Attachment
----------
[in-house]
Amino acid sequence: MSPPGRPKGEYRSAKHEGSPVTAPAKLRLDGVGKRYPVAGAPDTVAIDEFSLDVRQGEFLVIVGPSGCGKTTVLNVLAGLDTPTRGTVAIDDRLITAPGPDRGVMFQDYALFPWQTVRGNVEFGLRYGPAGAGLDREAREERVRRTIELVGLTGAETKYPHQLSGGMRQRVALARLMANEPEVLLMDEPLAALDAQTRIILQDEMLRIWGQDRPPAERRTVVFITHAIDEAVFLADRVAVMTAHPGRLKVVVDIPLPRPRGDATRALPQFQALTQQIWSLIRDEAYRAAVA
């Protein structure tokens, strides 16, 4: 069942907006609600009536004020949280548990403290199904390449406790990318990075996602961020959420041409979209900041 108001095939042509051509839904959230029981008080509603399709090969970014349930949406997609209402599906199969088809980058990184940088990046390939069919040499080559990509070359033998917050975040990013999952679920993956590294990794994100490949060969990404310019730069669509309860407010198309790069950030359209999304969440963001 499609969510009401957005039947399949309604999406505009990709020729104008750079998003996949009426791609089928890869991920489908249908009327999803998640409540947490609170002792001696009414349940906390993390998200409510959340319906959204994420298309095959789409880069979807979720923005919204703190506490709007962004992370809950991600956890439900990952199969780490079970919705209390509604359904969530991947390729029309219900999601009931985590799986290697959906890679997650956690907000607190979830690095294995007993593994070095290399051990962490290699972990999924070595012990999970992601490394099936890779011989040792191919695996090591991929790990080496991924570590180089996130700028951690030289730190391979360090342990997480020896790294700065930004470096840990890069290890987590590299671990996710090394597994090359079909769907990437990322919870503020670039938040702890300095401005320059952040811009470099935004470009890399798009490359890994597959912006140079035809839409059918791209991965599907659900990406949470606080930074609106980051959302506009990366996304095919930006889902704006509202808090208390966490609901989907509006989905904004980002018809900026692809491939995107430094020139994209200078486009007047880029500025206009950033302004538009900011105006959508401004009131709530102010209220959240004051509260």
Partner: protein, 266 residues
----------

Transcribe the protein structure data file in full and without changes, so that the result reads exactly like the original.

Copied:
[in-house]
Amino acid sequence: MSPPGRPKGEYRSAKHEGSPVTAPAKLRLDGVGKRYPVAGAPDTVAIDEFSLDVRQGEFLVIVGPSGCGKTTVLNVLAGLDTPTRGTVAIDDRLITAPGPDRGVMFQDYALFPWQTVRGNVEFGLRYGPAGAGLDREAREERVRRTIELVGLTGAETKYPHQLSGGMRQRVALARLMANEPEVLLMDEPLAALDAQTRIILQDEMLRIWGQDRPPAERRTVVFITHAIDEAVFLADRVAVMTAHPGRLKVVVDIPLPRPRGDATRALPQFQALTQQIWSLIRDEAYRAAVA
């Protein structure tokens, strides 16, 4: 069942907006609600009536004020949280548990403290199904390449406790990318990075996602961020959420041409979209900041 108001095939042509051509839904959230029981008080509603399709090969970014349930949406997609209402599906199969088809980058990184940088990046390939069919040499080559990509070359033998917050975040990013999952679920993956590294990794994100490949060969990404310019730069669509309860407010198309790069950030359209999304969440963001 499609969510009401957005039947399949309604999406505009990709020729104008750079998003996949009426791609089928890869991920489908249908009327999803998640409540947490609170002792001696009414349940906390993390998200409510959340319906959204994420298309095959789409880069979807979720923005919204703190506490709007962004992370809950991600956890439900990952199969780490079970919705209390509604359904969530991947390729029309219900999601009931985590799986290697959906890679997650956690907000607190979830690095294995007993593994070095290399051990962490290699972990999924070595012990999970992601490394099936890779011989040792191919695996090591991929790990080496991924570590180089996130700028951690030289730190391979360090342990997480020896790294700065930004470096840990890069290890987590590299671990996710090394597994090359079909769907990437990322919870503020670039938040702890300095401005320059952040811009470099935004470009890399798009490359890994597959912006140079035809839409059918791209991965599907659900990406949470606080930074609106980051959302506009990366996304095919930006889902704006509202808090208390966490609901989907509006989905904004980002018809900026692809491939995107430094020139994209200078486009007047880029500025206009950033302004538009900011105006959508401004009131709530102010209220959240004051509260």
Partner: protein, 266 residues